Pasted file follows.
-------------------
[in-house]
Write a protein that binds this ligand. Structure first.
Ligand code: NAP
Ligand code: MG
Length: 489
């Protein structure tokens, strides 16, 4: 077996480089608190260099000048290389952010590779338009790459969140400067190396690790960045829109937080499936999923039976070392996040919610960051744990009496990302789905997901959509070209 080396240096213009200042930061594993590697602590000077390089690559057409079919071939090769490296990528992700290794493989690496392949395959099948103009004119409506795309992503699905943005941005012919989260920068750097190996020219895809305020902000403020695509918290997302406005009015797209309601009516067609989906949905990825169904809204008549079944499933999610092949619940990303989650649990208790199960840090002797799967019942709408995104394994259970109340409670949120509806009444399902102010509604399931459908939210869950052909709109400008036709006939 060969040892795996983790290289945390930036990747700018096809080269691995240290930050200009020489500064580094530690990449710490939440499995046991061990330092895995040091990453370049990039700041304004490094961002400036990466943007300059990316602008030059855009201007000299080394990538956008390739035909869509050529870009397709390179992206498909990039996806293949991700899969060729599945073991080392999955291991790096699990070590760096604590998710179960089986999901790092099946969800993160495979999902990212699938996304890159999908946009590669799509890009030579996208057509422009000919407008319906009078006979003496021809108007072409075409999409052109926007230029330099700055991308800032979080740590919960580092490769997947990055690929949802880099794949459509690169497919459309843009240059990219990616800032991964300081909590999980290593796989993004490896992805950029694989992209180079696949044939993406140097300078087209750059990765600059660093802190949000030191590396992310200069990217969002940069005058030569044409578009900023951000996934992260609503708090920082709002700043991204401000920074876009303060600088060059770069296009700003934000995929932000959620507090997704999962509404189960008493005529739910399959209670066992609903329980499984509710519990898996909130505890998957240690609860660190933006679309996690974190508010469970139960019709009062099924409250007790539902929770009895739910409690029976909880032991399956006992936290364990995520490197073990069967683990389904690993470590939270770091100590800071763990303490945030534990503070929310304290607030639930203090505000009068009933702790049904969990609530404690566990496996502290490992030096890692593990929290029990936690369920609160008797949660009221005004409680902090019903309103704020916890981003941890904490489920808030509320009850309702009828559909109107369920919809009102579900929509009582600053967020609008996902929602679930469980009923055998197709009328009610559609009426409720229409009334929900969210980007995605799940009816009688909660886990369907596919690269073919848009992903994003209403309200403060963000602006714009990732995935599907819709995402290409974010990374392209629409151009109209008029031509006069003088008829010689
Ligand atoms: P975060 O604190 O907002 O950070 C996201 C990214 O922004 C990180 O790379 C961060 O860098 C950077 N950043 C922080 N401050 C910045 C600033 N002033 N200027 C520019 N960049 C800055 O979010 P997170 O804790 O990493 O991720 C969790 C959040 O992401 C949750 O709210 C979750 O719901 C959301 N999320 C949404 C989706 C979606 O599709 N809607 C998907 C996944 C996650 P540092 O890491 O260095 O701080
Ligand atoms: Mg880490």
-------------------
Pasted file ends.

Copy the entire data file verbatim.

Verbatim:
[in-house]
Write a protein that binds this ligand. Structure first.
Ligand code: NAP
Ligand code: MG
Length: 489
């Protein structure tokens, strides 16, 4: 077996480089608190260099000048290389952010590779338009790459969140400067190396690790960045829109937080499936999923039976070392996040919610960051744990009496990302789905997901959509070209 080396240096213009200042930061594993590697602590000077390089690559057409079919071939090769490296990528992700290794493989690496392949395959099948103009004119409506795309992503699905943005941005012919989260920068750097190996020219895809305020902000403020695509918290997302406005009015797209309601009516067609989906949905990825169904809204008549079944499933999610092949619940990303989650649990208790199960840090002797799967019942709408995104394994259970109340409670949120509806009444399902102010509604399931459908939210869950052909709109400008036709006939 060969040892795996983790290289945390930036990747700018096809080269691995240290930050200009020489500064580094530690990449710490939440499995046991061990330092895995040091990453370049990039700041304004490094961002400036990466943007300059990316602008030059855009201007000299080394990538956008390739035909869509050529870009397709390179992206498909990039996806293949991700899969060729599945073991080392999955291991790096699990070590760096604590998710179960089986999901790092099946969800993160495979999902990212699938996304890159999908946009590669799509890009030579996208057509422009000919407008319906009078006979003496021809108007072409075409999409052109926007230029330099700055991308800032979080740590919960580092490769997947990055690929949802880099794949459509690169497919459309843009240059990219990616800032991964300081909590999980290593796989993004490896992805950029694989992209180079696949044939993406140097300078087209750059990765600059660093802190949000030191590396992310200069990217969002940069005058030569044409578009900023951000996934992260609503708090920082709002700043991204401000920074876009303060600088060059770069296009700003934000995929932000959620507090997704999962509404189960008493005529739910399959209670066992609903329980499984509710519990898996909130505890998957240690609860660190933006679309996690974190508010469970139960019709009062099924409250007790539902929770009895739910409690029976909880032991399956006992936290364990995520490197073990069967683990389904690993470590939270770091100590800071763990303490945030534990503070929310304290607030639930203090505000009068009933702790049904969990609530404690566990496996502290490992030096890692593990929290029990936690369920609160008797949660009221005004409680902090019903309103704020916890981003941890904490489920808030509320009850309702009828559909109107369920919809009102579900929509009582600053967020609008996902929602679930469980009923055998197709009328009610559609009426409720229409009334929900969210980007995605799940009816009688909660886990369907596919690269073919848009992903994003209403309200403060963000602006714009990732995935599907819709995402290409974010990374392209629409151009109209008029031509006069003088008829010689
Ligand atoms: P975060 O604190 O907002 O950070 C996201 C990214 O922004 C990180 O790379 C961060 O860098 C950077 N950043 C922080 N401050 C910045 C600033 N002033 N200027 C520019 N960049 C800055 O979010 P997170 O804790 O990493 O991720 C969790 C959040 O992401 C949750 O709210 C979750 O719901 C959301 N999320 C949404 C989706 C979606 O599709 N809607 C998907 C996944 C996650 P540092 O890491 O260095 O701080
Ligand atoms: Mg880490």